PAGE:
Lockdown – extreme DIY

Our DIY Pergola

For some, lockdown means learning a new skill or language. For others it means trying to homeschool the kids while limiting oneself to 1 glass of wine only  (before lunch)!

For us, lockdown means extreme DIY. We’ve all but transformed our house and garden, like in one of those episodes of extreme makeovers, culminating in the dismantling of our conservatory by means of brute force, hammers and dog leads.

It all started when we awoke to find a litter of kittens huddled together on some old tarpaulin which had been discarded down the side of the conservatory many moons ago. It soon became apparent that a local stray had chosen to give birth there and so, not only did we provide a home for 3 dogs, but we now had a stray cat and her litter of 3 newborn kittens to add into the mix. Our dogs are not very keen on cats (to say the least) which made life very difficult. Each trip to the garden had to be carefully executed to ensure that the dogs remained either inside or were kept on leads. The conservatory became the ante room into which one had to venture with extreme care. While all this was going on, my husband cleverly erected some plastic fencing across the garden so that we could let the dogs out unsupervised. This flash of inspiration was short lived, however, as the next afternoon we heard a commotion and looked out to see our Jack Russel barking furiously at the kittens, along with our chihuahua who was joining in for good measure. At this moment, son number 1, seeing the commotion which was going on outside, flung back one of the dodgy conservatory doors (they could only be opened with extreme care) and ran outside to find the Jack Russel up close and personal with the mummy cat, who didn’t take too kindly to her kittens being threatened in this way. It wasn’t until he’d retrieved the dog, (who’d clearly come off worse) and brought him back inside that we realised that the dodgy door was now hanging off its hinges. Recriminations followed…son number 1 should have gone round the long way to retrieve the dog; who let the dogs out unattended in the first place anyway? ; the plastic fencing was never intended to keep the dogs away from the kittens…WHAT?!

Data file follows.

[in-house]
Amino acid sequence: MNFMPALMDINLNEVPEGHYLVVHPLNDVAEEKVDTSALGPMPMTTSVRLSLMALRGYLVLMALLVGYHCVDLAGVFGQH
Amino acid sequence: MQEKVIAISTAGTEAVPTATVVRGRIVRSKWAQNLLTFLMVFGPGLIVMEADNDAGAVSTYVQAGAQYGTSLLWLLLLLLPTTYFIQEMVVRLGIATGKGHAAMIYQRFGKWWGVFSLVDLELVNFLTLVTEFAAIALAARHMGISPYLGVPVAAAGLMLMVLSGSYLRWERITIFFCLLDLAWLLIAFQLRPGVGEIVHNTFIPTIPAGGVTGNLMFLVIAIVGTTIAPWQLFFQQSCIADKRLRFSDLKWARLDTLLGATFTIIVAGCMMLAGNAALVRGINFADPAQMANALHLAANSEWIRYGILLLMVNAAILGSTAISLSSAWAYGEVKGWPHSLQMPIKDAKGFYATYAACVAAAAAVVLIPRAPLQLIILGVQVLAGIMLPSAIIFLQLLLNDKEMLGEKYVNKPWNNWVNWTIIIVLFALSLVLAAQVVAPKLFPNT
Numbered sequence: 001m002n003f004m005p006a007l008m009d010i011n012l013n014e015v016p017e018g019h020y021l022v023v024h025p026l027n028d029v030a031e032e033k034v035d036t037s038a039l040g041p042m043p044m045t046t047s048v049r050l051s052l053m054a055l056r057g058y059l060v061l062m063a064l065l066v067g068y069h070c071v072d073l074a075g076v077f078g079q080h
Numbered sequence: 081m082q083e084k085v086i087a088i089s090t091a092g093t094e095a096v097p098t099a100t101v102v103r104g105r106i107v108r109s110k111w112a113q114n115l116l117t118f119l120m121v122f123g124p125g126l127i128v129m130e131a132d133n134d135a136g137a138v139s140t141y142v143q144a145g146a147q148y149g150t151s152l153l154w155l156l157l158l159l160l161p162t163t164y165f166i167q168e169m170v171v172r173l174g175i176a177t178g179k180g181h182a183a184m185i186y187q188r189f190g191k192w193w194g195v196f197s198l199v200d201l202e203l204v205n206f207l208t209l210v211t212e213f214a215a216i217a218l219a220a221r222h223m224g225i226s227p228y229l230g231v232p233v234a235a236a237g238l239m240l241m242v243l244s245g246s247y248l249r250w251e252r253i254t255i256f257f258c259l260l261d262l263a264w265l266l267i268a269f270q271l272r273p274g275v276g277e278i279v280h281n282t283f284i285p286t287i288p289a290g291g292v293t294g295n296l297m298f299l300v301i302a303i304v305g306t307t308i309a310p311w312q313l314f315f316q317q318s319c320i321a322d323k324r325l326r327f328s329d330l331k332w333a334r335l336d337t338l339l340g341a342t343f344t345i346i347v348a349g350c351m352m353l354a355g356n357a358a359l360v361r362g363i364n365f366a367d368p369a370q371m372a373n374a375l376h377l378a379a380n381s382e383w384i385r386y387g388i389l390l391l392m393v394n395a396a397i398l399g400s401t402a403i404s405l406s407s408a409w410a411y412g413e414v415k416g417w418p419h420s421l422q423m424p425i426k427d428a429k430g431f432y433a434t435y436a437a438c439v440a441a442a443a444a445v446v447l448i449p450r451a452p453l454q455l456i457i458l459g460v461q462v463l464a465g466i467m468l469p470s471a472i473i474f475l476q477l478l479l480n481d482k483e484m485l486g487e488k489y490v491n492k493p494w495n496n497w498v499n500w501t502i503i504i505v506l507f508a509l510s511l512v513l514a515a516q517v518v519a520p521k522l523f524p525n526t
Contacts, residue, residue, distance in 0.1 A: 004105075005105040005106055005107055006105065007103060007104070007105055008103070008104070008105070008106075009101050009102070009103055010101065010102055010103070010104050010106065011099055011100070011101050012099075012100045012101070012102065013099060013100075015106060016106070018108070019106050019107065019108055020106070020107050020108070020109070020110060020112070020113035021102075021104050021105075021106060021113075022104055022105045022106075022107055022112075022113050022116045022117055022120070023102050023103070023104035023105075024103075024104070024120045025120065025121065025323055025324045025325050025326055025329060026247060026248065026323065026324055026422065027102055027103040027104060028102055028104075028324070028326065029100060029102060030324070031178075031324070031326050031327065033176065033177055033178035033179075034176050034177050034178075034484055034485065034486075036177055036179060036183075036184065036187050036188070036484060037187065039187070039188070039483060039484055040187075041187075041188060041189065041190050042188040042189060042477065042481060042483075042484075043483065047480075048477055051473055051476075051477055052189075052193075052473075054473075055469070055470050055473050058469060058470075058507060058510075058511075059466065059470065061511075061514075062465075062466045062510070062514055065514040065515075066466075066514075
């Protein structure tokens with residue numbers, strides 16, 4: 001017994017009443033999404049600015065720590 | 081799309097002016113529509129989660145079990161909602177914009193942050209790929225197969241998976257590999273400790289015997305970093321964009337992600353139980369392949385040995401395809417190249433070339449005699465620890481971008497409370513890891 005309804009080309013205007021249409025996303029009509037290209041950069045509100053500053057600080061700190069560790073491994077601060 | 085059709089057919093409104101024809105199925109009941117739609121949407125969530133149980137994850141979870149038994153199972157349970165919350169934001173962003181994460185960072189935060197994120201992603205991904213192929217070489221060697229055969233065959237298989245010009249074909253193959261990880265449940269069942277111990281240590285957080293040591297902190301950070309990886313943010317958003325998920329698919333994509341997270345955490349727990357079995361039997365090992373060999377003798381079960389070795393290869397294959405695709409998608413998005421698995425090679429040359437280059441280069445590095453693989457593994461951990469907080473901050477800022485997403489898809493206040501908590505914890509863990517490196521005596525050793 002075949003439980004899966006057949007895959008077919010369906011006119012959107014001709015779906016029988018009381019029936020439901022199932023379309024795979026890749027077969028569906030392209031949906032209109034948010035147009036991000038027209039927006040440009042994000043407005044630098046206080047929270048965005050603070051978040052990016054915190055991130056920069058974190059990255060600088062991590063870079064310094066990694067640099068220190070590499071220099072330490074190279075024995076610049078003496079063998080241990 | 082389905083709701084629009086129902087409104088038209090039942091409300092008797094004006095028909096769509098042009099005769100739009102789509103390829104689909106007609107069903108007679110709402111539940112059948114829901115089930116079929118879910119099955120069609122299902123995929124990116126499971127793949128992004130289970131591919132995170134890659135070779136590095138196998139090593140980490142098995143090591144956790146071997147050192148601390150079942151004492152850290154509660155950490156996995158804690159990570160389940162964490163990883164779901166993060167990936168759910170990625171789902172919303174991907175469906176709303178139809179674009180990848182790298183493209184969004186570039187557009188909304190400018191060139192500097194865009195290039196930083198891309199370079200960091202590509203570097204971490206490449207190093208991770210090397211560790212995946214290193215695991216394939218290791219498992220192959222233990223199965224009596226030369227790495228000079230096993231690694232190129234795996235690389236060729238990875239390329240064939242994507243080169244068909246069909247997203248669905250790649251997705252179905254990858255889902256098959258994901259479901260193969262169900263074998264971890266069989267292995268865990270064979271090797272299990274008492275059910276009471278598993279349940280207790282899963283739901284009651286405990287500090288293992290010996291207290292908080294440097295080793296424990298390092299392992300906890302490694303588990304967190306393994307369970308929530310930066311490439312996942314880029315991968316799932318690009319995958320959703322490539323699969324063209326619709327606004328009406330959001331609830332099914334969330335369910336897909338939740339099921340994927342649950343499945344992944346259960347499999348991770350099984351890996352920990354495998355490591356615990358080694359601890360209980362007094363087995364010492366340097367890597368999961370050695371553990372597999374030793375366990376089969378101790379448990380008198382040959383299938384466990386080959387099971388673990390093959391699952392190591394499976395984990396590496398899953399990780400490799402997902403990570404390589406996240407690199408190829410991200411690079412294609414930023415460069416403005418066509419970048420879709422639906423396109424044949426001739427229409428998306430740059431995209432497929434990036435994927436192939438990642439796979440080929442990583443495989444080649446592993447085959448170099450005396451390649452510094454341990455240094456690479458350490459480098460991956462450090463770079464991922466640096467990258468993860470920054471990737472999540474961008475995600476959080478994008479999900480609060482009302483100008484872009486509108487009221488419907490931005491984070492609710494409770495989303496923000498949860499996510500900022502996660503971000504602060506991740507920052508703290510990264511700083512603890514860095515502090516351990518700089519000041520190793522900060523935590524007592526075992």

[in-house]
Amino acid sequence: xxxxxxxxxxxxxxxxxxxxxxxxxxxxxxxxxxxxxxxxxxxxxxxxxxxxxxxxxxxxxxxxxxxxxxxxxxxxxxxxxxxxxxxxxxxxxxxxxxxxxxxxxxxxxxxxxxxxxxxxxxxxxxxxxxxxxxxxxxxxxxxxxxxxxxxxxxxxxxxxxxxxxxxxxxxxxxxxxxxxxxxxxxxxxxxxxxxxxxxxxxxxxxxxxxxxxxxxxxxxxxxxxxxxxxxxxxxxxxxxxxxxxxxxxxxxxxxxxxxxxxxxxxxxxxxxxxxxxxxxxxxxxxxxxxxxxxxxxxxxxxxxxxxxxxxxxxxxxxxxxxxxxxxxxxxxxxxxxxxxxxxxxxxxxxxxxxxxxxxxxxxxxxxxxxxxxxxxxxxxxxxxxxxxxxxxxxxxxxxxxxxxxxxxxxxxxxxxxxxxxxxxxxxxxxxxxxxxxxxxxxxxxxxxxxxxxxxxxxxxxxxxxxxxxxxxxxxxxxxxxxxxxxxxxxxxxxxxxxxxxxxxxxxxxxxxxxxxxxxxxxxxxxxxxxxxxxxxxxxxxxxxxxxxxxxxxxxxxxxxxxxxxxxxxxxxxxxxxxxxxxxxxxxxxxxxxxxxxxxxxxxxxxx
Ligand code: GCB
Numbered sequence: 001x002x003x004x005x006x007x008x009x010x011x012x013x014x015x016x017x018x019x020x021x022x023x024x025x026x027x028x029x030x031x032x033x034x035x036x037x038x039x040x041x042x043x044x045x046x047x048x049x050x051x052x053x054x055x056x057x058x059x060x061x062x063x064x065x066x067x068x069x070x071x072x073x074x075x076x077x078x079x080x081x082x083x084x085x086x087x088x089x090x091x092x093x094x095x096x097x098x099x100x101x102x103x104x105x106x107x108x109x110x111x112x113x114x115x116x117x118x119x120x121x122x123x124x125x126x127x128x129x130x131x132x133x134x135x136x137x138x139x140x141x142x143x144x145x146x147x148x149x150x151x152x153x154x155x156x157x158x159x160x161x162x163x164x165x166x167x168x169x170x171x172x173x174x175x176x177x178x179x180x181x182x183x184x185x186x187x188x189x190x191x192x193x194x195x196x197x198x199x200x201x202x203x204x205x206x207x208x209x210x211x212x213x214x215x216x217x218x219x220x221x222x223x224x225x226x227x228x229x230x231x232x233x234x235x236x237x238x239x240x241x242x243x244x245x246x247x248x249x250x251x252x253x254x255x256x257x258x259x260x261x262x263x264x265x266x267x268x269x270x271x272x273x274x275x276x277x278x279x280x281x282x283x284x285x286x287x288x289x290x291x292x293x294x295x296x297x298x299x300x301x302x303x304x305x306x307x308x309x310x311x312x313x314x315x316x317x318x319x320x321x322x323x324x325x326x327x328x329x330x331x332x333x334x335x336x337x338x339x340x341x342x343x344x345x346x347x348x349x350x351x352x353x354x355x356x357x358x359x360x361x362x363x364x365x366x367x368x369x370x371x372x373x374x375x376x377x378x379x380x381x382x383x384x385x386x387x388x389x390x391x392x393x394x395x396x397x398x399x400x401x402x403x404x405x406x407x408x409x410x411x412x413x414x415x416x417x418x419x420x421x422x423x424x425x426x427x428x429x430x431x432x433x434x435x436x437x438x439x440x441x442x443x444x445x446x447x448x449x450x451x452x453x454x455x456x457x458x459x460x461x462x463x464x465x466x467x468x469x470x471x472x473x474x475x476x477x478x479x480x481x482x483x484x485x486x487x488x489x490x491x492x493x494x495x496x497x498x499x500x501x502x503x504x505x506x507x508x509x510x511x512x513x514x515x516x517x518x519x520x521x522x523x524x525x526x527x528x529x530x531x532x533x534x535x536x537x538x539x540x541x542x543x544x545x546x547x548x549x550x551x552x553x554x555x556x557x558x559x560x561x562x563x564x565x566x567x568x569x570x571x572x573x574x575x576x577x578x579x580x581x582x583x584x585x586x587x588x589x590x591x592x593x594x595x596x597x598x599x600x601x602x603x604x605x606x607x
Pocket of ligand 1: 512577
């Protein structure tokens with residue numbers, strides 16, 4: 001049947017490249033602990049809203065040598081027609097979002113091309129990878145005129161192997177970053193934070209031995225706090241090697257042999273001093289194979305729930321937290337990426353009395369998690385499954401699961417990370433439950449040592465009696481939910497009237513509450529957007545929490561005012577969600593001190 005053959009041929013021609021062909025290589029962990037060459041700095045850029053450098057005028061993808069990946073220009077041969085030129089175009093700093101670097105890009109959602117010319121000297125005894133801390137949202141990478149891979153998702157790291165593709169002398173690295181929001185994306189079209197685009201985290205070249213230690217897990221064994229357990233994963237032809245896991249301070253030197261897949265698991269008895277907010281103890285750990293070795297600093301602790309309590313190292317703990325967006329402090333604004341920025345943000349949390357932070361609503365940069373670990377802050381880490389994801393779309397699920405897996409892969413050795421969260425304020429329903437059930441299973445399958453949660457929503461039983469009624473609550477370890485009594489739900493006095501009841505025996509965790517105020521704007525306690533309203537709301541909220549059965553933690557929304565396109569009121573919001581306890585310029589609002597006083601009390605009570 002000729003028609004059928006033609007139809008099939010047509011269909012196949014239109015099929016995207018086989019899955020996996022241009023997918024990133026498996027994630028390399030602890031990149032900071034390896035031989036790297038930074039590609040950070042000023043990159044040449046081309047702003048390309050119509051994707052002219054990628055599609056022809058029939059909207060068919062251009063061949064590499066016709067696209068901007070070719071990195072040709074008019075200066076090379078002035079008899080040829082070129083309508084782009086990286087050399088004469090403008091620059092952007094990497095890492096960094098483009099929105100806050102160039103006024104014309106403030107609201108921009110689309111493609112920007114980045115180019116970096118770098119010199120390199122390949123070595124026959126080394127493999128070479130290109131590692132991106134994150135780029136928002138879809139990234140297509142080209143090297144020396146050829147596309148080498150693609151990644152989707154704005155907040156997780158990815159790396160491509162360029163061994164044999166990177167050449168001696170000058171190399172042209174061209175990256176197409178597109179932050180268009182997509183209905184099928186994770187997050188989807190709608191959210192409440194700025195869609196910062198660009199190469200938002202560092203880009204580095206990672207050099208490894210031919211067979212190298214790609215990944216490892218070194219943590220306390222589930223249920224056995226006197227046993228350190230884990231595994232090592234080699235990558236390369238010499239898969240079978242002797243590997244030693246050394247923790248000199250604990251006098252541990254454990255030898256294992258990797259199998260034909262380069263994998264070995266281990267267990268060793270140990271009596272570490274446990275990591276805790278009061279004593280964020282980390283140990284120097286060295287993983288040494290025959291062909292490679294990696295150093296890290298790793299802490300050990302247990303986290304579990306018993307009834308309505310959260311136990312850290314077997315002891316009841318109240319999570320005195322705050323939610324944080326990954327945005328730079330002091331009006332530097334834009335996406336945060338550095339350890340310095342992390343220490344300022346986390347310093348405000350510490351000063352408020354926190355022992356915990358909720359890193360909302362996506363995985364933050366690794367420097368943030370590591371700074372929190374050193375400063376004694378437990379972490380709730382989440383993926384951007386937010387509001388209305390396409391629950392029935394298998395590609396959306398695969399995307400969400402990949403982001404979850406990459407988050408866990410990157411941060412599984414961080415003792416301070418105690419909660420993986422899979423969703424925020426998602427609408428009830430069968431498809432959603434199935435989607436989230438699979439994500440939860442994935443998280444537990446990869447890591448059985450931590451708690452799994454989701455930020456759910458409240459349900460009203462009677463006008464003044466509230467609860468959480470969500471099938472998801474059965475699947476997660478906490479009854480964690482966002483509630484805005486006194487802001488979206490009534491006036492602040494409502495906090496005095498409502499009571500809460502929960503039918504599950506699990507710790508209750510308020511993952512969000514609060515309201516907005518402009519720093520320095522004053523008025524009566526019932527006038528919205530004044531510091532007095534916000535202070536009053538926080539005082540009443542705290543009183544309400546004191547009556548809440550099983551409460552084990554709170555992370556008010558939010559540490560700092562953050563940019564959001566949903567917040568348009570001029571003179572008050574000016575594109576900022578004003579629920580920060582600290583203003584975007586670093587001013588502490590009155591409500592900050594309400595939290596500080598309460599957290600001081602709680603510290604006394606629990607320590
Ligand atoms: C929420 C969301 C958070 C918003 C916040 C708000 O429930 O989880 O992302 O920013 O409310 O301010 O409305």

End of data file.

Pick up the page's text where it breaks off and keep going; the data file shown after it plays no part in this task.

As my husband, hands on hips,  assessed the damage by means of kicking the frame in various places while pulling at the glass, he declared it damaged beyond repair.

We’d have to replace the conservatory, supposedly at the same time as our old, knackered kitchen…the 10th of never. In the meantime, however, we’d have to jettison most of the garden as any sudden movements there could bring the whole thing crashing down.

That evening, as I bemoaned our misfortune, (as if it wasn’t bad enough that we were in lockdown, we couldn’t even go into our garden now) I mentioned to my husband, in passing, that I’d thought of a way to remedy the situation…by dismantling the conservatory. Well, that was all it took…the next morning, I awoke to the sound of banging and came downstairs to find my husband in the garden looking into the conservatory, hammer in one hand, screwdriver in the other. As soon as he saw me, he couldn’t wait to tell me all about his latest hair brained scheme! Having realised that the conservatory was built inside a wooden pergola, he’d decided to dismantle it himself! He’d always hated it as it served no useful purpose, too hot in summer and too cold in winter (he was right) plus this way we’d be able to walk straight out into the garden (also right). The idea was inspired (well, it was mine after all) and he’d have it down in no time at all with the help of the boys, one of whom would have to climb onto the roof to remove the ugly blue plastic sheet…What could possibly go wrong?!